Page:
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Monitor individual somatic cell counts to improve herd health

Published on 18 September 2009

The measure of somatic cell count (SCC) is critical in determining udder health. According to the National Mastitis Council, a herd with a bulk tank SCC of 200,000 cells/mL or greater is considered to be producing “abnormal” milk.

Higher counts indicate infection and are associated with decreased production. For example, a herd with a bulk tank SCC of 500,000 can be expected to have 16 percent of its quarters infected with varying degrees of subclinical mastitis, with a 6 percent reduction in milk production.



While routine bulk tank SCC testing is a good measure of the general status of your herd’s udder health, it doesn’t tell you what to do about those high numbers. The valuable information you can get from individual SCC testing is worth your time and effort.

Identifying problem cows, determining factors contributing to high SCC and developing a management plan for them starts with individual cow screening tests and can lead to better treatment success rates and higher premiums.

Because mastitis is frequently subclinical or “hidden,” several tests are available to detect mastitis by estimating the SCC of a milk sample.

“Detecting subclinical mastitis earlier in its process is a top goal of individual SCC testing,” says Dr. Bradley Mills, Dairy Veterinary Operations, Pfizer Animal Health. “If you can catch the infection sooner in individual animals and choose to treat that animal, your treatment success rate will be higher.”

Testing options
“Whether to test composite milk samples or individual quarters depends on each operation’s strategy,” Mills continues. “If you’re going to make the decision to treat an animal, you should screen each quarter and then treat only the quarter(s) with the high cell count. Producers may spend more on upfront diagnostics, but end up saving that in treatment costs.”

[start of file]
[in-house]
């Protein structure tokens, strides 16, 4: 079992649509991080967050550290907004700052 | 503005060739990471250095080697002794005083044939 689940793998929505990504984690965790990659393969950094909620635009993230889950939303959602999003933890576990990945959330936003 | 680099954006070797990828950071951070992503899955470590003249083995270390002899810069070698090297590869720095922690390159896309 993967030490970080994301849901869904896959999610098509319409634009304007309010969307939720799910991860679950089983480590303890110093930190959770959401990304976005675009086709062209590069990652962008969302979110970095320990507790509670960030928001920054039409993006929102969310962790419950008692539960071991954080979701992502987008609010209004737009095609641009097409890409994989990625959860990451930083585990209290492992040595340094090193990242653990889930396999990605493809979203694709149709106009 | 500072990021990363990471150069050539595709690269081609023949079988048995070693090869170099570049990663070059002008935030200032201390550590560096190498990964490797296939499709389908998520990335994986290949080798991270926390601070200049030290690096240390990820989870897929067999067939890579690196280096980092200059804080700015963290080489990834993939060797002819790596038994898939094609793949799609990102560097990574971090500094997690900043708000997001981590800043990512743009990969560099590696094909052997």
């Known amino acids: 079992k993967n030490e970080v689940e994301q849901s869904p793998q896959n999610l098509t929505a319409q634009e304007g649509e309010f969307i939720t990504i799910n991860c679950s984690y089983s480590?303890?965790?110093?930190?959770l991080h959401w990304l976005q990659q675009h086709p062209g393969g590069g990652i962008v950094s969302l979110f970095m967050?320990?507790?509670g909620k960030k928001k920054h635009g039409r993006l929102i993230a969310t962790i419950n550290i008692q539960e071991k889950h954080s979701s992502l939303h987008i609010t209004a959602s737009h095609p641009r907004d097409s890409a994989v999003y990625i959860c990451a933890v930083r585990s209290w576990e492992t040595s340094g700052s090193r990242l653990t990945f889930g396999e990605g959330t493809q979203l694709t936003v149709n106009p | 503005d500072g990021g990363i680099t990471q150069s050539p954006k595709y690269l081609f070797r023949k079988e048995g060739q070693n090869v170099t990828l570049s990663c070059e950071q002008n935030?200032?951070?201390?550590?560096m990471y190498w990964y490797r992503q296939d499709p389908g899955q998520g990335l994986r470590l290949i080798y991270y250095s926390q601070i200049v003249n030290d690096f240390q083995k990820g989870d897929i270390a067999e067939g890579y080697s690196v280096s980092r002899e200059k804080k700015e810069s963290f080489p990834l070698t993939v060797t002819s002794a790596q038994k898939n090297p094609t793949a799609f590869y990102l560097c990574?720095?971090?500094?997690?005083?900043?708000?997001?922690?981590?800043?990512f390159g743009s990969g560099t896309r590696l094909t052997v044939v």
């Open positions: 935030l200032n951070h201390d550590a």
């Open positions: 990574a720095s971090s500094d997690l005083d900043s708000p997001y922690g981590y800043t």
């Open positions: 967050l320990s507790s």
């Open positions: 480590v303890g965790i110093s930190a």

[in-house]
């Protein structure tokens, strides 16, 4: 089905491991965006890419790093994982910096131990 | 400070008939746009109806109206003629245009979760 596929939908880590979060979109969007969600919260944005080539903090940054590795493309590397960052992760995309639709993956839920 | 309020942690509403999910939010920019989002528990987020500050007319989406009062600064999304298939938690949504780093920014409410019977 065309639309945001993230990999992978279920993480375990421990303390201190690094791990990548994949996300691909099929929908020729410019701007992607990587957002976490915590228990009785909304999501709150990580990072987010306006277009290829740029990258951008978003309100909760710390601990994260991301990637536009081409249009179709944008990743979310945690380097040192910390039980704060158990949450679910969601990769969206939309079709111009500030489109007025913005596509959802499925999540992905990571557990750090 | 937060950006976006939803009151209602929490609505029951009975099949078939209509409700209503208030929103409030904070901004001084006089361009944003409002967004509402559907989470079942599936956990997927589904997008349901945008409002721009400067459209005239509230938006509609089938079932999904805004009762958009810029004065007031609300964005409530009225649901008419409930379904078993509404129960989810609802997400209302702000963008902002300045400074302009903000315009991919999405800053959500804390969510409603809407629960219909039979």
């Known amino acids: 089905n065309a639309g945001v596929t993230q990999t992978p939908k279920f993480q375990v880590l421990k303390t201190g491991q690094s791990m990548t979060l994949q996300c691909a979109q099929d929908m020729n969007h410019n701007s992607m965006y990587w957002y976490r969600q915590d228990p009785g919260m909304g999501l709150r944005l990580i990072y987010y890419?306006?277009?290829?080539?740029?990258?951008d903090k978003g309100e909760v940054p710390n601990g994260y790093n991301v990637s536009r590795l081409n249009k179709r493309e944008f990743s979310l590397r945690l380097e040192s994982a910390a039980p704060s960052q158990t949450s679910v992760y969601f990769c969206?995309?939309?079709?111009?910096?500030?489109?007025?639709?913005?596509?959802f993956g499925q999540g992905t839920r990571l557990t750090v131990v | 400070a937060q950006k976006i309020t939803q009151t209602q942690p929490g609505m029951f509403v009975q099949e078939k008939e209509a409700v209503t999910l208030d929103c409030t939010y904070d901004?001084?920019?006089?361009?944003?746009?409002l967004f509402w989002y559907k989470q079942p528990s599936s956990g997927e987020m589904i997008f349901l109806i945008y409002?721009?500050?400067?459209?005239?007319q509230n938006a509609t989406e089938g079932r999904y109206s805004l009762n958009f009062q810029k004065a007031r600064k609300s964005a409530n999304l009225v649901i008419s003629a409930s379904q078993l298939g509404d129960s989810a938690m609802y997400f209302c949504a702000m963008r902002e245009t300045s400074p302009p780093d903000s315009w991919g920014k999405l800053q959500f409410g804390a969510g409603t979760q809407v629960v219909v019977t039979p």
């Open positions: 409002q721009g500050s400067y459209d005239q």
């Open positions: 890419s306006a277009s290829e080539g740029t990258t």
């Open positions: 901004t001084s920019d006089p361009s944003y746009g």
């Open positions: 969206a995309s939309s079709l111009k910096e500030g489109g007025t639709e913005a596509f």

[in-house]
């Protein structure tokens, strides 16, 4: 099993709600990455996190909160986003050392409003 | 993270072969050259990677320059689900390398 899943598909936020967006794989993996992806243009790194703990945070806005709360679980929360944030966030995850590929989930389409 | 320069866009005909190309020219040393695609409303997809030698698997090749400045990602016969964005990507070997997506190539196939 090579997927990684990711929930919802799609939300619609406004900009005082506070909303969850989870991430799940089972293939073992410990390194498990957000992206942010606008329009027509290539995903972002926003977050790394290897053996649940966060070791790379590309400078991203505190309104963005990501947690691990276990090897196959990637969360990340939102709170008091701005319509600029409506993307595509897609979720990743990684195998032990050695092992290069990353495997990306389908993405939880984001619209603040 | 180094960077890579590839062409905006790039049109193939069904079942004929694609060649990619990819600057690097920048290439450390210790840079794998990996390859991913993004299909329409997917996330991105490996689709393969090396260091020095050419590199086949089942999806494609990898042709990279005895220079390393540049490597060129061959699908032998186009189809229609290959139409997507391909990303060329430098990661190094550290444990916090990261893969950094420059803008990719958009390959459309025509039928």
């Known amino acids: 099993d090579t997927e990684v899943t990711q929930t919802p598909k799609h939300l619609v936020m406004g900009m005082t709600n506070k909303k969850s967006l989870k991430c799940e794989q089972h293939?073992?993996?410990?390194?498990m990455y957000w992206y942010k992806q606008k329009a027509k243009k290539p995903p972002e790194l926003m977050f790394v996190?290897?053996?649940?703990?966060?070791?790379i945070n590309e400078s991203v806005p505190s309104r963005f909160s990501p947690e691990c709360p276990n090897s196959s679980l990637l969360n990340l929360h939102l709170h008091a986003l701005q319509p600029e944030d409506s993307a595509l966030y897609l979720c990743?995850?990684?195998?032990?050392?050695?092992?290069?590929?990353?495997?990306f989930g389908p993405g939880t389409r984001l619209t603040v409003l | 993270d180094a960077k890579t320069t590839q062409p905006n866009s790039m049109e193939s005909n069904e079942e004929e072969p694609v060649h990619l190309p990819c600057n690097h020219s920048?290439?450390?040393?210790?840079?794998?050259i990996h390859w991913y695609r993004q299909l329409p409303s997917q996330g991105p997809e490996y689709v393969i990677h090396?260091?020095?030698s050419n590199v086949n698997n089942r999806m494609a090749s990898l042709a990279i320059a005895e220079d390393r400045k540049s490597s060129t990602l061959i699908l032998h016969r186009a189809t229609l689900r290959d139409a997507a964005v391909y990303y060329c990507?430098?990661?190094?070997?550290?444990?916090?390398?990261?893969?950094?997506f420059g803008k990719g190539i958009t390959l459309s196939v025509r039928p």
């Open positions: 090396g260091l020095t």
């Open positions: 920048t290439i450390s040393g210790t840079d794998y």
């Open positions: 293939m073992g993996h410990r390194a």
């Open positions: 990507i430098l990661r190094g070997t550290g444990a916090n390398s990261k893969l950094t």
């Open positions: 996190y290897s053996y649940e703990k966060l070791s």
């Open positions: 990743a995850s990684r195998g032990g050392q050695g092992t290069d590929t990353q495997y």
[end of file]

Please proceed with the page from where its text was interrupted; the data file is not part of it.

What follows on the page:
Mills notes there are several options available for individual animal testing. For example, the DeLaval cell counter provides accurate results within a few minutes.

Producers take a sample from a quarter, draw the milk into a cartridge, insert it into the cell counter machine and a few minutes later you have an SCC detection from 10,000 up to 5 million. The California Mastitis Test (CMT) also is an option if used properly. Due to its sensitivity, handlers need to be precise in order to get an accurate reading.

Francisco M. Rivas, quality milk manager, Pfizer Animal Health, adds, “If a producer wants to focus on milk quality, there is so much information to be gleaned from individual SCC and milk component tests. Not only can you monitor infection and cure rates, you can also track butter fat and protein ratios, which help pinpoint other issues.”

The key is monitoring the data on a regular basis to get the most value out of it.

“If a producer is monitoring infection rates and individual SCC, he knows which cows are contributing the most somatic cells to a bulk tank,” Rivas explains. “Finding out which cows likely have subclinical mastitis gives producers more options, including pursuing an extended therapy treatment.”

Finding the cows early that are chronically infected may also increase their lifetime value.


“Constant infection can lead to scar tissue that never recovers when a cow dries up, leading to lost production every year,” Rivas said.

Work with your veterinarian to help you with individual SCC testing and to develop and implement a program to successfully control subclinical mastitis in your herd. PD

References omitted but are available upon request at

—Excerpts from Pfizer Animal Health news release